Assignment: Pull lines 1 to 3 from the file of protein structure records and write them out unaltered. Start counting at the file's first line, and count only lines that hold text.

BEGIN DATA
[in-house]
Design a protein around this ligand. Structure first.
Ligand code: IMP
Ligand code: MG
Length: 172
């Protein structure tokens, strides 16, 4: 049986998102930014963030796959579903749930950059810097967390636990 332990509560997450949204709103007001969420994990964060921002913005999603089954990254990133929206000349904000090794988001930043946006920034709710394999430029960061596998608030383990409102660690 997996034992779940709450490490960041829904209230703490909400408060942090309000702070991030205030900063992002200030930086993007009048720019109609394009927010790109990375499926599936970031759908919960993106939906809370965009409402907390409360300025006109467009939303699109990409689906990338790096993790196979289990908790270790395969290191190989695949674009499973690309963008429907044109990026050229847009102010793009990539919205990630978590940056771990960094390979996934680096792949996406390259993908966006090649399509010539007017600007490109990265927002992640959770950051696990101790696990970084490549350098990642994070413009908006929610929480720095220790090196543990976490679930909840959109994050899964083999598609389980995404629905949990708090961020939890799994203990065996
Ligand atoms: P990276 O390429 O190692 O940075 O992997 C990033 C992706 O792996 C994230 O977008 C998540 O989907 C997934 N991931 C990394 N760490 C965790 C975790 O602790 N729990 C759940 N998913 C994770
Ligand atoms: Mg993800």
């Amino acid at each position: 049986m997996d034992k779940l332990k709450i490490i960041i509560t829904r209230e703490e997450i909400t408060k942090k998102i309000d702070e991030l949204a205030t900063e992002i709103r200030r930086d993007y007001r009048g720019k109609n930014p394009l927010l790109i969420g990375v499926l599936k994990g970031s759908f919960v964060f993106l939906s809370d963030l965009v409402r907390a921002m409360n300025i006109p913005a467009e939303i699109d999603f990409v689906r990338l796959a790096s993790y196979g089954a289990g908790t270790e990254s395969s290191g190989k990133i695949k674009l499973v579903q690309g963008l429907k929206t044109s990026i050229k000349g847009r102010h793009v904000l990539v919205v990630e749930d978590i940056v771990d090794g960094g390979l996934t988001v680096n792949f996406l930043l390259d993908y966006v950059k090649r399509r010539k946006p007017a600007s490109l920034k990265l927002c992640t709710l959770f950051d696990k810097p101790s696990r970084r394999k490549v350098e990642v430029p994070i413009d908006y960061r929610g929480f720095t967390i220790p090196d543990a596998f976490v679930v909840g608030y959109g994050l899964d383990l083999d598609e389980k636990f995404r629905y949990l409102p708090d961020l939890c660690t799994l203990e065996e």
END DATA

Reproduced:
[in-house]
Design a protein around this ligand. Structure first.
Ligand code: IMP